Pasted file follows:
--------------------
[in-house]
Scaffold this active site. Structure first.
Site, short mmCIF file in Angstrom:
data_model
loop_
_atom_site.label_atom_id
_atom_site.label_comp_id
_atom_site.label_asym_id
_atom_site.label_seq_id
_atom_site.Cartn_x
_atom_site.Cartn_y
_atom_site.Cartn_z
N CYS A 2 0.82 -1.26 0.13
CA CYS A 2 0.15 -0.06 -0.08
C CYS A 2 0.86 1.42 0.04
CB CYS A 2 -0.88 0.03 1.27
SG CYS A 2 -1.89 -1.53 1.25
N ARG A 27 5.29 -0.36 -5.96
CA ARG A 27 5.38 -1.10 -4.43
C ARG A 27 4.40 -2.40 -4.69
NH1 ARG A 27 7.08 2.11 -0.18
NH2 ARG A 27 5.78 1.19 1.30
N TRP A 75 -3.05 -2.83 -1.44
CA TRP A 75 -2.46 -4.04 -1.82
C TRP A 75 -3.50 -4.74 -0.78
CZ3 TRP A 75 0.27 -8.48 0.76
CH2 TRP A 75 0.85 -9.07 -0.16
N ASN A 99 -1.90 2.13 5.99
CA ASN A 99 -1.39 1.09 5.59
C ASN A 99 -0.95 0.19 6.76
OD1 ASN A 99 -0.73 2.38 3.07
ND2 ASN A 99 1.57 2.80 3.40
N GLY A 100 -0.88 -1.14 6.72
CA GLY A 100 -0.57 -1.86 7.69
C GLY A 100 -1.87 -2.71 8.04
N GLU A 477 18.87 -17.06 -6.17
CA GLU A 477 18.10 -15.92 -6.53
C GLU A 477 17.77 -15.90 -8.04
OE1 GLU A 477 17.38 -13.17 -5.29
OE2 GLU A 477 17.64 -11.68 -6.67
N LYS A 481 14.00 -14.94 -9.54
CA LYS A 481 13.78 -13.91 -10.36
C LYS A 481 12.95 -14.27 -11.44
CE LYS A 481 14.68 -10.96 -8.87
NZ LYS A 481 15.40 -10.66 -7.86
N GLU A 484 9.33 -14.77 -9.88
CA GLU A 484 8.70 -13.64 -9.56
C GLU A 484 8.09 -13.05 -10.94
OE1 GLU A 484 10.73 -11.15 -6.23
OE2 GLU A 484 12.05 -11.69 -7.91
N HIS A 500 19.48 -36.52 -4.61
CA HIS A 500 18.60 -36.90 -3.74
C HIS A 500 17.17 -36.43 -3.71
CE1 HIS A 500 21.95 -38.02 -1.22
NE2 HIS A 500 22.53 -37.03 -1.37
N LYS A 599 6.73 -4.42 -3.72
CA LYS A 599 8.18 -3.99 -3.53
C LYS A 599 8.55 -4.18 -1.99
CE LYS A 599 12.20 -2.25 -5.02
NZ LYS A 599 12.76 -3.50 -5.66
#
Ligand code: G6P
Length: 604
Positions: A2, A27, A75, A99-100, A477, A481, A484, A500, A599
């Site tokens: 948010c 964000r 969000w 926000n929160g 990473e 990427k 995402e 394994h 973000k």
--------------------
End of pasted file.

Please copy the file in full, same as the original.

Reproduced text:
[in-house]
Scaffold this active site. Structure first.
Site, short mmCIF file in Angstrom:
data_model
loop_
_atom_site.label_atom_id
_atom_site.label_comp_id
_atom_site.label_asym_id
_atom_site.label_seq_id
_atom_site.Cartn_x
_atom_site.Cartn_y
_atom_site.Cartn_z
N CYS A 2 0.82 -1.26 0.13
CA CYS A 2 0.15 -0.06 -0.08
C CYS A 2 0.86 1.42 0.04
CB CYS A 2 -0.88 0.03 1.27
SG CYS A 2 -1.89 -1.53 1.25
N ARG A 27 5.29 -0.36 -5.96
CA ARG A 27 5.38 -1.10 -4.43
C ARG A 27 4.40 -2.40 -4.69
NH1 ARG A 27 7.08 2.11 -0.18
NH2 ARG A 27 5.78 1.19 1.30
N TRP A 75 -3.05 -2.83 -1.44
CA TRP A 75 -2.46 -4.04 -1.82
C TRP A 75 -3.50 -4.74 -0.78
CZ3 TRP A 75 0.27 -8.48 0.76
CH2 TRP A 75 0.85 -9.07 -0.16
N ASN A 99 -1.90 2.13 5.99
CA ASN A 99 -1.39 1.09 5.59
C ASN A 99 -0.95 0.19 6.76
OD1 ASN A 99 -0.73 2.38 3.07
ND2 ASN A 99 1.57 2.80 3.40
N GLY A 100 -0.88 -1.14 6.72
CA GLY A 100 -0.57 -1.86 7.69
C GLY A 100 -1.87 -2.71 8.04
N GLU A 477 18.87 -17.06 -6.17
CA GLU A 477 18.10 -15.92 -6.53
C GLU A 477 17.77 -15.90 -8.04
OE1 GLU A 477 17.38 -13.17 -5.29
OE2 GLU A 477 17.64 -11.68 -6.67
N LYS A 481 14.00 -14.94 -9.54
CA LYS A 481 13.78 -13.91 -10.36
C LYS A 481 12.95 -14.27 -11.44
CE LYS A 481 14.68 -10.96 -8.87
NZ LYS A 481 15.40 -10.66 -7.86
N GLU A 484 9.33 -14.77 -9.88
CA GLU A 484 8.70 -13.64 -9.56
C GLU A 484 8.09 -13.05 -10.94
OE1 GLU A 484 10.73 -11.15 -6.23
OE2 GLU A 484 12.05 -11.69 -7.91
N HIS A 500 19.48 -36.52 -4.61
CA HIS A 500 18.60 -36.90 -3.74
C HIS A 500 17.17 -36.43 -3.71
CE1 HIS A 500 21.95 -38.02 -1.22
NE2 HIS A 500 22.53 -37.03 -1.37
N LYS A 599 6.73 -4.42 -3.72
CA LYS A 599 8.18 -3.99 -3.53
C LYS A 599 8.55 -4.18 -1.99
CE LYS A 599 12.20 -2.25 -5.02
NZ LYS A 599 12.76 -3.50 -5.66
#
Ligand code: G6P
Length: 604
Positions: A2, A27, A75, A99-100, A477, A481, A484, A500, A599
């Site tokens: 948010c 964000r 969000w 926000n929160g 990473e 990427k 995402e 394994h 973000k």